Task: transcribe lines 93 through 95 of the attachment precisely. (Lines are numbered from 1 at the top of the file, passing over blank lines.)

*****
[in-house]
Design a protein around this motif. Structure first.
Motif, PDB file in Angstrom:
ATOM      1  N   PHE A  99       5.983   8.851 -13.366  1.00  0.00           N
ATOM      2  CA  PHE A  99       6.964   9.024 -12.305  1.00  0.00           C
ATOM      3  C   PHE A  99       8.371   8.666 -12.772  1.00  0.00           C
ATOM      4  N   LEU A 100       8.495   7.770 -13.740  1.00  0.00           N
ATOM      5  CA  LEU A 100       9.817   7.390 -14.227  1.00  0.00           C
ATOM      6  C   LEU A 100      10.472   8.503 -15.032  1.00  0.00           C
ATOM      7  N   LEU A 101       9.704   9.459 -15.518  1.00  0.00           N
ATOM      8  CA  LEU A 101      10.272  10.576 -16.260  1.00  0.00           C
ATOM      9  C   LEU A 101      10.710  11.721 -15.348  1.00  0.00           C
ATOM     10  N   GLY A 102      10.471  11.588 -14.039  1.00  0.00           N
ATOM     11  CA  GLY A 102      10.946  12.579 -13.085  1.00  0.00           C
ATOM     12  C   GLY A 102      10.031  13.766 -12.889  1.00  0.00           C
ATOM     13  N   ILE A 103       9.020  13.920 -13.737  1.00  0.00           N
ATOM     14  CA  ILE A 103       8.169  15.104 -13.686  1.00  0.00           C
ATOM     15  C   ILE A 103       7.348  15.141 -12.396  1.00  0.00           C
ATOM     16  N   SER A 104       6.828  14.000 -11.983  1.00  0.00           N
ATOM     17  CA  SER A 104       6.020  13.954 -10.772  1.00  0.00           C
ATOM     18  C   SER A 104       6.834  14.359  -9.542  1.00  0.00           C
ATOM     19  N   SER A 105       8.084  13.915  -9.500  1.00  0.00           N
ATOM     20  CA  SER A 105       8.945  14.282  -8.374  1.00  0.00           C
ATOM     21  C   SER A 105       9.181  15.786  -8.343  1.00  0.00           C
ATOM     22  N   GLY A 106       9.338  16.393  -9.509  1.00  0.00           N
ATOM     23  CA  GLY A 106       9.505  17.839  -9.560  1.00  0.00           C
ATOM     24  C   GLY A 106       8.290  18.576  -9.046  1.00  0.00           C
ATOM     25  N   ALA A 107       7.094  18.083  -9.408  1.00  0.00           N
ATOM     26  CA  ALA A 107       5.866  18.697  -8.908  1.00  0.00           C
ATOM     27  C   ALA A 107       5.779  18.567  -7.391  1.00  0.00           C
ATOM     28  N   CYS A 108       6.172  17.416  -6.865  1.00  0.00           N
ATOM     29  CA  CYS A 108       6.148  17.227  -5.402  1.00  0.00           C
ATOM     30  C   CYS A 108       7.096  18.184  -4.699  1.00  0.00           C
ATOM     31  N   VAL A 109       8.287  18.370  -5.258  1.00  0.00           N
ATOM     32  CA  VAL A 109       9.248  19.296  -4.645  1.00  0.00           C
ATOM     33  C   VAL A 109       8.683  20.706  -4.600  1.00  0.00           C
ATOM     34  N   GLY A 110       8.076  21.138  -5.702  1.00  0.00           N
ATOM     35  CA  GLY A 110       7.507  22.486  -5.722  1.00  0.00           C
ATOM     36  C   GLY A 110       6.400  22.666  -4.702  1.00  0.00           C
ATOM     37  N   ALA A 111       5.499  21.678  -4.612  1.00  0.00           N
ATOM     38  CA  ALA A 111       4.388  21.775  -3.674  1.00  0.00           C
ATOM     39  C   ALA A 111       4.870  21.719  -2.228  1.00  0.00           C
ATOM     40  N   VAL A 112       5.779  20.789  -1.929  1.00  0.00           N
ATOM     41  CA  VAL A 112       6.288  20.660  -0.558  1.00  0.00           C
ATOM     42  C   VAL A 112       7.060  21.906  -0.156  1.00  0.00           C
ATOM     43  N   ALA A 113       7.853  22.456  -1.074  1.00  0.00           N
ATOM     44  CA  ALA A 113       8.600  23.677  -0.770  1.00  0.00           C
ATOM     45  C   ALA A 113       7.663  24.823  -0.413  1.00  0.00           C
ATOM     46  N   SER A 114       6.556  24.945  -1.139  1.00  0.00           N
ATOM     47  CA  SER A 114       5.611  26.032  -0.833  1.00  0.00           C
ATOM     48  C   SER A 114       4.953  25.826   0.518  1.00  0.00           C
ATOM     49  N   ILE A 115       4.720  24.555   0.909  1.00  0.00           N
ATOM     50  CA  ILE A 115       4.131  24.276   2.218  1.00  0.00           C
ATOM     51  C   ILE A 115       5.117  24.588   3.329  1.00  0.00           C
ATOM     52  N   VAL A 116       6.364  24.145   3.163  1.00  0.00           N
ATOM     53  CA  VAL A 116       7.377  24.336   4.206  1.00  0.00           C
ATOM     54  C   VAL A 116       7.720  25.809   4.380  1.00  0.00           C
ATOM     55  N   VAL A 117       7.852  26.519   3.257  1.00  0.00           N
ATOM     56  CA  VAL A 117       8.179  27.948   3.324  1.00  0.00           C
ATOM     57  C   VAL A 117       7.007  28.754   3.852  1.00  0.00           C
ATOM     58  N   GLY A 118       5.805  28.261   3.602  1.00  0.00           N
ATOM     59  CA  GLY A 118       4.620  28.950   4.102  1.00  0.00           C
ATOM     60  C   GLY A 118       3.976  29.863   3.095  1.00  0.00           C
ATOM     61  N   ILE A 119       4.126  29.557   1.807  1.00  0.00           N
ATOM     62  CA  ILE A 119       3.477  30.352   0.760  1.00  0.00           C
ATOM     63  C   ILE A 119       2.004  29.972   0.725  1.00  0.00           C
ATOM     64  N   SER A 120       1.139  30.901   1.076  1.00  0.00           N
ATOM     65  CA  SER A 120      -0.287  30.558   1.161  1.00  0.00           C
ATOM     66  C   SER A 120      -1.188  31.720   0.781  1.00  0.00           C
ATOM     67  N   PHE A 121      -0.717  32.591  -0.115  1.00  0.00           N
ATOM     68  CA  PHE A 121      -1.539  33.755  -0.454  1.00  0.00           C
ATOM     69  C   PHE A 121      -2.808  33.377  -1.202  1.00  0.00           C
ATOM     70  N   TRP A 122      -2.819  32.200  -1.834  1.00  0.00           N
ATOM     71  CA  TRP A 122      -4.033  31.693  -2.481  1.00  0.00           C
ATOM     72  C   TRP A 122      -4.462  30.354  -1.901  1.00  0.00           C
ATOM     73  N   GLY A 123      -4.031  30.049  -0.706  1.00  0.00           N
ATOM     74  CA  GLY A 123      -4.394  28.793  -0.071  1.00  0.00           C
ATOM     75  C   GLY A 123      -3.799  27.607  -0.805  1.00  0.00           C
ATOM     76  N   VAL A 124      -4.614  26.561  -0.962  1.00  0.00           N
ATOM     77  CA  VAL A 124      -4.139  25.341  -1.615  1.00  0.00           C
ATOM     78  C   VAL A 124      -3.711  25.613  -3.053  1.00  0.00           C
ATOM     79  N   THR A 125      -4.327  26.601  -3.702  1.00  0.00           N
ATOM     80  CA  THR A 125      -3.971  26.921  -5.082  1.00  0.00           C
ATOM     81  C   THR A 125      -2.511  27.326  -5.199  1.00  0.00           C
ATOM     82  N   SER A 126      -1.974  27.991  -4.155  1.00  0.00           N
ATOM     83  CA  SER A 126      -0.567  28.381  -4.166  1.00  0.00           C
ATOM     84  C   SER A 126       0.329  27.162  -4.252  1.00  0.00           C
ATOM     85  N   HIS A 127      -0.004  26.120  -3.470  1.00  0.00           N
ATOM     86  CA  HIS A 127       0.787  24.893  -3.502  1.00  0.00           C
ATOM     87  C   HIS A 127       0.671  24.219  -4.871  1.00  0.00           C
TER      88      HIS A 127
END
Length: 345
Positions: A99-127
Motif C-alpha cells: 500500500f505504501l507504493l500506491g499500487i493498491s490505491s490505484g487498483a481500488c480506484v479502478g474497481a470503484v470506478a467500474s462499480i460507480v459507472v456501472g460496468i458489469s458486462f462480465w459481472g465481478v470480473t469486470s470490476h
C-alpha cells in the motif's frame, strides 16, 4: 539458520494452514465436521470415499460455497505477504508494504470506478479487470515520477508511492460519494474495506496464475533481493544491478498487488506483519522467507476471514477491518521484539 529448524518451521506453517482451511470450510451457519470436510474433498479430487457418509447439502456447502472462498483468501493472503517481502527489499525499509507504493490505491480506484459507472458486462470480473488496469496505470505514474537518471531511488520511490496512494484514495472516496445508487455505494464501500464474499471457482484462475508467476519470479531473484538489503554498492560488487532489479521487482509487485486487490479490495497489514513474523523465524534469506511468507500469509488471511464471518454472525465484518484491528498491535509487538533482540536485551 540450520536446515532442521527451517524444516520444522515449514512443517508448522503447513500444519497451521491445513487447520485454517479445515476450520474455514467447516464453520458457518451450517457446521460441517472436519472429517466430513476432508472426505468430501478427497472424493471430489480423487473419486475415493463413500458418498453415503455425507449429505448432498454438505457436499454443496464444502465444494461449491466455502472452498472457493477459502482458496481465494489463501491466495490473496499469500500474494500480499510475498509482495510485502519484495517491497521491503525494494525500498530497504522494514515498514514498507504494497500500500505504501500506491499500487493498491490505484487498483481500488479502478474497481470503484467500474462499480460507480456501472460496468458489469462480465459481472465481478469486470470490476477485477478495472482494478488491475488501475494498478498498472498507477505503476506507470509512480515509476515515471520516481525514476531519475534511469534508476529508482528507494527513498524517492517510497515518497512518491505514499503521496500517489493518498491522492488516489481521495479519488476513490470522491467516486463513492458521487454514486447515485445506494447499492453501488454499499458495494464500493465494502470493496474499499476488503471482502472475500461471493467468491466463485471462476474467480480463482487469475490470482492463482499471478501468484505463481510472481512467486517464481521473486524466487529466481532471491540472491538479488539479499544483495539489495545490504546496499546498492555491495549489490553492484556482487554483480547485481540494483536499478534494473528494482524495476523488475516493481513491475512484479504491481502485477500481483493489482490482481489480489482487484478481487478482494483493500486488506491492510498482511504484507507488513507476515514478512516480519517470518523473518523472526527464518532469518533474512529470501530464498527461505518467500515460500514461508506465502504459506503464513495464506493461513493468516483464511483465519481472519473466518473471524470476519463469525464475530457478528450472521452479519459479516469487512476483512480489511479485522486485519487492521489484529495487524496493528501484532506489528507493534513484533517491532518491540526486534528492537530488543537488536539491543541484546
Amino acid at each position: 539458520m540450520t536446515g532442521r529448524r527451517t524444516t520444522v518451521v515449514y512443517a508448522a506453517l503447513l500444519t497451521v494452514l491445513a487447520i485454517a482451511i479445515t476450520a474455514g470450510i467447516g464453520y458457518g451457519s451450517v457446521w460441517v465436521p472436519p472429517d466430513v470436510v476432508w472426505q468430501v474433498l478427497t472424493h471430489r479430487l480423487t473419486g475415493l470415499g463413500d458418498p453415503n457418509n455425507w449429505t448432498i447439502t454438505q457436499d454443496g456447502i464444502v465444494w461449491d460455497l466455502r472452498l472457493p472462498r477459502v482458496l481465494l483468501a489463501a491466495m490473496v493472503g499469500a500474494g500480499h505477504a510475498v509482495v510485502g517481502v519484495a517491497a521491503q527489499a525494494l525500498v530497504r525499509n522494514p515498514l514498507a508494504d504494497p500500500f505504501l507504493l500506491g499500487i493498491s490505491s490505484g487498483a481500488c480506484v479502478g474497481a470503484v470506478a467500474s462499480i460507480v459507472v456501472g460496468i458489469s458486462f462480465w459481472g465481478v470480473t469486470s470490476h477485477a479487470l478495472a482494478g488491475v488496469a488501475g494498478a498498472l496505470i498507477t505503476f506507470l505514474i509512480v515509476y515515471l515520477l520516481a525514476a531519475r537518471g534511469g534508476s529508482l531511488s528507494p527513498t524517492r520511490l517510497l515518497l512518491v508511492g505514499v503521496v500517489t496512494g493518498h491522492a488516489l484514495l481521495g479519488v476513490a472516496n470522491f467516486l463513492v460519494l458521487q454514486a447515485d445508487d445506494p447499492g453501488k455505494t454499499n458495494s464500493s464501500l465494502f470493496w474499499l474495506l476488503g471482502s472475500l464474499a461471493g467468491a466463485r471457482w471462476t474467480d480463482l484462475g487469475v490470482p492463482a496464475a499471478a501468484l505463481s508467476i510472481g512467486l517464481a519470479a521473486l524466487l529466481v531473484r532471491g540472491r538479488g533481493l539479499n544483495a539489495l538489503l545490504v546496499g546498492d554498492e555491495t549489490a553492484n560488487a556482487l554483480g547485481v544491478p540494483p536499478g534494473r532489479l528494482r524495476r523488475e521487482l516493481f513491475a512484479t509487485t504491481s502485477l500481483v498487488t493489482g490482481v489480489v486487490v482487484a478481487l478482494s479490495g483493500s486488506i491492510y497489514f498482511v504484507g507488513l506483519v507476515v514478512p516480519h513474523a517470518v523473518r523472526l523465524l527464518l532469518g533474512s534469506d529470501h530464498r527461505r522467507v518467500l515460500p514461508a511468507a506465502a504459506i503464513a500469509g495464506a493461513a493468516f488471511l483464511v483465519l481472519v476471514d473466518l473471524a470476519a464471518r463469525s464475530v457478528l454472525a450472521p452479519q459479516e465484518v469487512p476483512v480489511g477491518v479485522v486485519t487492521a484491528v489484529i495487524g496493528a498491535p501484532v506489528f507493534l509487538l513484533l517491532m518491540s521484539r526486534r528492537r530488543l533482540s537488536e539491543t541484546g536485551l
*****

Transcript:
Length: 345
Positions: A99-127
Motif C-alpha cells: 500500500f505504501l507504493l500506491g499500487i493498491s490505491s490505484g487498483a481500488c480506484v479502478g474497481a470503484v470506478a467500474s462499480i460507480v459507472v456501472g460496468i458489469s458486462f462480465w459481472g465481478v470480473t469486470s470490476h